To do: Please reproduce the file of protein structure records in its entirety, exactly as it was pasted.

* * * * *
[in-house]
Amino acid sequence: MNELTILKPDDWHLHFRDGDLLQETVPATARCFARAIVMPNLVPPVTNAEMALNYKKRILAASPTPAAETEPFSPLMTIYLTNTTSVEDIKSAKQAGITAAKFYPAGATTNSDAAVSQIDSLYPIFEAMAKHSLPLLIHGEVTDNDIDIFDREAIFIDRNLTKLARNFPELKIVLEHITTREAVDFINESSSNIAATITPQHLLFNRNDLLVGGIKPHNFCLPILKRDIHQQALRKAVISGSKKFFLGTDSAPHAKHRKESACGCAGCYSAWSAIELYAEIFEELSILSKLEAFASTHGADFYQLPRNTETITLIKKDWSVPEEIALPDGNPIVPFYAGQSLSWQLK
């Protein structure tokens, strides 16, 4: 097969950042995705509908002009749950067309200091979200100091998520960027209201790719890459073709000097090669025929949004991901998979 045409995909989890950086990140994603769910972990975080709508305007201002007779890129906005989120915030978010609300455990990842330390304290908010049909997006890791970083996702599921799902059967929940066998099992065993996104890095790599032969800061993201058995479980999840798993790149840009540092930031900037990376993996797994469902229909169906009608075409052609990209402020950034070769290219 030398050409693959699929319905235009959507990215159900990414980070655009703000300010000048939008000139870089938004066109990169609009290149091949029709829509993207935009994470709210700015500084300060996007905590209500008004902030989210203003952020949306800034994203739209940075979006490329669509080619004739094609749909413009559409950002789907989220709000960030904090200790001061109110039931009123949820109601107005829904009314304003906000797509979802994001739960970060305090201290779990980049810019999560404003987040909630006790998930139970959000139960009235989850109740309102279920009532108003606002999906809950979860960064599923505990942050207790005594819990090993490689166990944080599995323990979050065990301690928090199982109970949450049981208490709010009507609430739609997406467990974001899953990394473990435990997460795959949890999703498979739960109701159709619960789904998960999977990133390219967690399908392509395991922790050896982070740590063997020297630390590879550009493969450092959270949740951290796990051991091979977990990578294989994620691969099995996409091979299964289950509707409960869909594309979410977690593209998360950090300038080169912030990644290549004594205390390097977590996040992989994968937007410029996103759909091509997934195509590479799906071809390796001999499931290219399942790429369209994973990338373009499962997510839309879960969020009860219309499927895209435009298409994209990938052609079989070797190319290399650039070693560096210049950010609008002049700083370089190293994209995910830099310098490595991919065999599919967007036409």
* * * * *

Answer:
[in-house]
Amino acid sequence: MNELTILKPDDWHLHFRDGDLLQETVPATARCFARAIVMPNLVPPVTNAEMALNYKKRILAASPTPAAETEPFSPLMTIYLTNTTSVEDIKSAKQAGITAAKFYPAGATTNSDAAVSQIDSLYPIFEAMAKHSLPLLIHGEVTDNDIDIFDREAIFIDRNLTKLARNFPELKIVLEHITTREAVDFINESSSNIAATITPQHLLFNRNDLLVGGIKPHNFCLPILKRDIHQQALRKAVISGSKKFFLGTDSAPHAKHRKESACGCAGCYSAWSAIELYAEIFEELSILSKLEAFASTHGADFYQLPRNTETITLIKKDWSVPEEIALPDGNPIVPFYAGQSLSWQLK
């Protein structure tokens, strides 16, 4: 097969950042995705509908002009749950067309200091979200100091998520960027209201790719890459073709000097090669025929949004991901998979 045409995909989890950086990140994603769910972990975080709508305007201002007779890129906005989120915030978010609300455990990842330390304290908010049909997006890791970083996702599921799902059967929940066998099992065993996104890095790599032969800061993201058995479980999840798993790149840009540092930031900037990376993996797994469902229909169906009608075409052609990209402020950034070769290219 030398050409693959699929319905235009959507990215159900990414980070655009703000300010000048939008000139870089938004066109990169609009290149091949029709829509993207935009994470709210700015500084300060996007905590209500008004902030989210203003952020949306800034994203739209940075979006490329669509080619004739094609749909413009559409950002789907989220709000960030904090200790001061109110039931009123949820109601107005829904009314304003906000797509979802994001739960970060305090201290779990980049810019999560404003987040909630006790998930139970959000139960009235989850109740309102279920009532108003606002999906809950979860960064599923505990942050207790005594819990090993490689166990944080599995323990979050065990301690928090199982109970949450049981208490709010009507609430739609997406467990974001899953990394473990435990997460795959949890999703498979739960109701159709619960789904998960999977990133390219967690399908392509395991922790050896982070740590063997020297630390590879550009493969450092959270949740951290796990051991091979977990990578294989994620691969099995996409091979299964289950509707409960869909594309979410977690593209998360950090300038080169912030990644290549004594205390390097977590996040992989994968937007410029996103759909091509997934195509590479799906071809390796001999499931290219399942790429369209994973990338373009499962997510839309879960969020009860219309499927895209435009298409994209990938052609079989070797190319290399650039070693560096210049950010609008002049700083370089190293994209995910830099310098490595991919065999599919967007036409």